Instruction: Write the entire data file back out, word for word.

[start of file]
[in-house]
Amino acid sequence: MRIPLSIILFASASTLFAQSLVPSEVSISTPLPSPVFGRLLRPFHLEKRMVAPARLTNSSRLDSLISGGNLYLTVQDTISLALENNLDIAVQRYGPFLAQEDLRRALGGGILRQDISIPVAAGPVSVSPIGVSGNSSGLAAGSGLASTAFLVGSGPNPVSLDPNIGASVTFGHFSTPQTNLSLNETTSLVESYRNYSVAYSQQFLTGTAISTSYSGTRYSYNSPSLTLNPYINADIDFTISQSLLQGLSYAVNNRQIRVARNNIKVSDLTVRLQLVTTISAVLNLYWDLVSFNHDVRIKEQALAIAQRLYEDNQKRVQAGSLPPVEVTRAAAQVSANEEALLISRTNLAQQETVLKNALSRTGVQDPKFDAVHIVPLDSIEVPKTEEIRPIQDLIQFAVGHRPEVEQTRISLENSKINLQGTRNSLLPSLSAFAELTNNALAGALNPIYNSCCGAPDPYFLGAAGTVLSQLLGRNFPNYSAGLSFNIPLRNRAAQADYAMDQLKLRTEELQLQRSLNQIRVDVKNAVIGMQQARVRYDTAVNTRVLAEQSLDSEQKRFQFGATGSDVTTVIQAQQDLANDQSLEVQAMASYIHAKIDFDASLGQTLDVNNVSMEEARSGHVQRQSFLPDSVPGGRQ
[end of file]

[in-house]
Amino acid sequence: MRIPLSIILFASASTLFAQSLVPSEVSISTPLPSPVFGRLLRPFHLEKRMVAPARLTNSSRLDSLISGGNLYLTVQDTISLALENNLDIAVQRYGPFLAQEDLRRALGGGILRQDISIPVAAGPVSVSPIGVSGNSSGLAAGSGLASTAFLVGSGPNPVSLDPNIGASVTFGHFSTPQTNLSLNETTSLVESYRNYSVAYSQQFLTGTAISTSYSGTRYSYNSPSLTLNPYINADIDFTISQSLLQGLSYAVNNRQIRVARNNIKVSDLTVRLQLVTTISAVLNLYWDLVSFNHDVRIKEQALAIAQRLYEDNQKRVQAGSLPPVEVTRAAAQVSANEEALLISRTNLAQQETVLKNALSRTGVQDPKFDAVHIVPLDSIEVPKTEEIRPIQDLIQFAVGHRPEVEQTRISLENSKINLQGTRNSLLPSLSAFAELTNNALAGALNPIYNSCCGAPDPYFLGAAGTVLSQLLGRNFPNYSAGLSFNIPLRNRAAQADYAMDQLKLRTEELQLQRSLNQIRVDVKNAVIGMQQARVRYDTAVNTRVLAEQSLDSEQKRFQFGATGSDVTTVIQAQQDLANDQSLEVQAMASYIHAKIDFDASLGQTLDVNNVSMEEARSGHVQRQSFLPDSVPGGRQ